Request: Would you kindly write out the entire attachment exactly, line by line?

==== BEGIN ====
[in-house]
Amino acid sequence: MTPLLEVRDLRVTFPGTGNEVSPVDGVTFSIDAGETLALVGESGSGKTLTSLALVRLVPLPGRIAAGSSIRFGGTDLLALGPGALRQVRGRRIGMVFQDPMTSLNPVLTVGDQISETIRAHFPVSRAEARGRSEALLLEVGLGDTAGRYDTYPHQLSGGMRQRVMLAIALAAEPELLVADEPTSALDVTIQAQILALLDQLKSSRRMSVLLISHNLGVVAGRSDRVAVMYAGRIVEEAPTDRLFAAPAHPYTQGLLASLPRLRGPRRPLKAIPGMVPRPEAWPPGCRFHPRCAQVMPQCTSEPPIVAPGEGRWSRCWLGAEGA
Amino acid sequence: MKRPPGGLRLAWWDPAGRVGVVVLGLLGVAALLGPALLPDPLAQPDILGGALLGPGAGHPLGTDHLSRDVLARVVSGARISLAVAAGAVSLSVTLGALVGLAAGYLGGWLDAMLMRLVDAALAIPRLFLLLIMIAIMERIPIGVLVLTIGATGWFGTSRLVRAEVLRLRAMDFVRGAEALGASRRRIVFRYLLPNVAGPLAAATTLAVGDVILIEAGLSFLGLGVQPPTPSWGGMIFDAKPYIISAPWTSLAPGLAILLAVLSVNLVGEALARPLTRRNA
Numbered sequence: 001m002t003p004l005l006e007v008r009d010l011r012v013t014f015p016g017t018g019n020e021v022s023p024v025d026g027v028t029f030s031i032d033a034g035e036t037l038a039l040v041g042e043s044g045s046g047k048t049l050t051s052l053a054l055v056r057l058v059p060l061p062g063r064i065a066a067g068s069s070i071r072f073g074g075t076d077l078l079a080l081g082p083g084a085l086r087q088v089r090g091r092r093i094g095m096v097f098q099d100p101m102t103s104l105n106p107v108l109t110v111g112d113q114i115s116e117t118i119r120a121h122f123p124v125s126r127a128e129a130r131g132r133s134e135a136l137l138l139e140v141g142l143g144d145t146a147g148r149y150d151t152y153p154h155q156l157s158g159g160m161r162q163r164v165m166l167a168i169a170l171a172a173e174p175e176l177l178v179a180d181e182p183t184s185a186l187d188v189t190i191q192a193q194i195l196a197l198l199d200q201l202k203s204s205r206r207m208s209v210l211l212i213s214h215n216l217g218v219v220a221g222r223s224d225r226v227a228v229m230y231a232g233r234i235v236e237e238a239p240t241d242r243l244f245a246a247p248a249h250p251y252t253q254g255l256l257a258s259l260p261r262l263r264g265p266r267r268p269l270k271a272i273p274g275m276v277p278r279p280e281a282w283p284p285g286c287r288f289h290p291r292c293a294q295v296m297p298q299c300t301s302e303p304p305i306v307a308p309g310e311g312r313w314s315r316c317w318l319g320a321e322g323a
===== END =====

[in-house]
Amino acid sequence: MTPLLEVRDLRVTFPGTGNEVSPVDGVTFSIDAGETLALVGESGSGKTLTSLALVRLVPLPGRIAAGSSIRFGGTDLLALGPGALRQVRGRRIGMVFQDPMTSLNPVLTVGDQISETIRAHFPVSRAEARGRSEALLLEVGLGDTAGRYDTYPHQLSGGMRQRVMLAIALAAEPELLVADEPTSALDVTIQAQILALLDQLKSSRRMSVLLISHNLGVVAGRSDRVAVMYAGRIVEEAPTDRLFAAPAHPYTQGLLASLPRLRGPRRPLKAIPGMVPRPEAWPPGCRFHPRCAQVMPQCTSEPPIVAPGEGRWSRCWLGAEGA
Amino acid sequence: MKRPPGGLRLAWWDPAGRVGVVVLGLLGVAALLGPALLPDPLAQPDILGGALLGPGAGHPLGTDHLSRDVLARVVSGARISLAVAAGAVSLSVTLGALVGLAAGYLGGWLDAMLMRLVDAALAIPRLFLLLIMIAIMERIPIGVLVLTIGATGWFGTSRLVRAEVLRLRAMDFVRGAEALGASRRRIVFRYLLPNVAGPLAAATTLAVGDVILIEAGLSFLGLGVQPPTPSWGGMIFDAKPYIISAPWTSLAPGLAILLAVLSVNLVGEALARPLTRRNA
Numbered sequence: 001m002t003p004l005l006e007v008r009d010l011r012v013t014f015p016g017t018g019n020e021v022s023p024v025d026g027v028t029f030s031i032d033a034g035e036t037l038a039l040v041g042e043s044g045s046g047k048t049l050t051s052l053a054l055v056r057l058v059p060l061p062g063r064i065a066a067g068s069s070i071r072f073g074g075t076d077l078l079a080l081g082p083g084a085l086r087q088v089r090g091r092r093i094g095m096v097f098q099d100p101m102t103s104l105n106p107v108l109t110v111g112d113q114i115s116e117t118i119r120a121h122f123p124v125s126r127a128e129a130r131g132r133s134e135a136l137l138l139e140v141g142l143g144d145t146a147g148r149y150d151t152y153p154h155q156l157s158g159g160m161r162q163r164v165m166l167a168i169a170l171a172a173e174p175e176l177l178v179a180d181e182p183t184s185a186l187d188v189t190i191q192a193q194i195l196a197l198l199d200q201l202k203s204s205r206r207m208s209v210l211l212i213s214h215n216l217g218v219v220a221g222r223s224d225r226v227a228v229m230y231a232g233r234i235v236e237e238a239p240t241d242r243l244f245a246a247p248a249h250p251y252t253q254g255l256l257a258s259l260p261r262l263r264g265p266r267r268p269l270k271a272i273p274g275m276v277p278r279p280e281a282w283p284p285g286c287r288f289h290p291r292c293a294q295v296m297p298q299c300t301s302e303p304p305i306v307a308p309g310e311g312r313w314s315r316c317w318l319g320a321e322g323a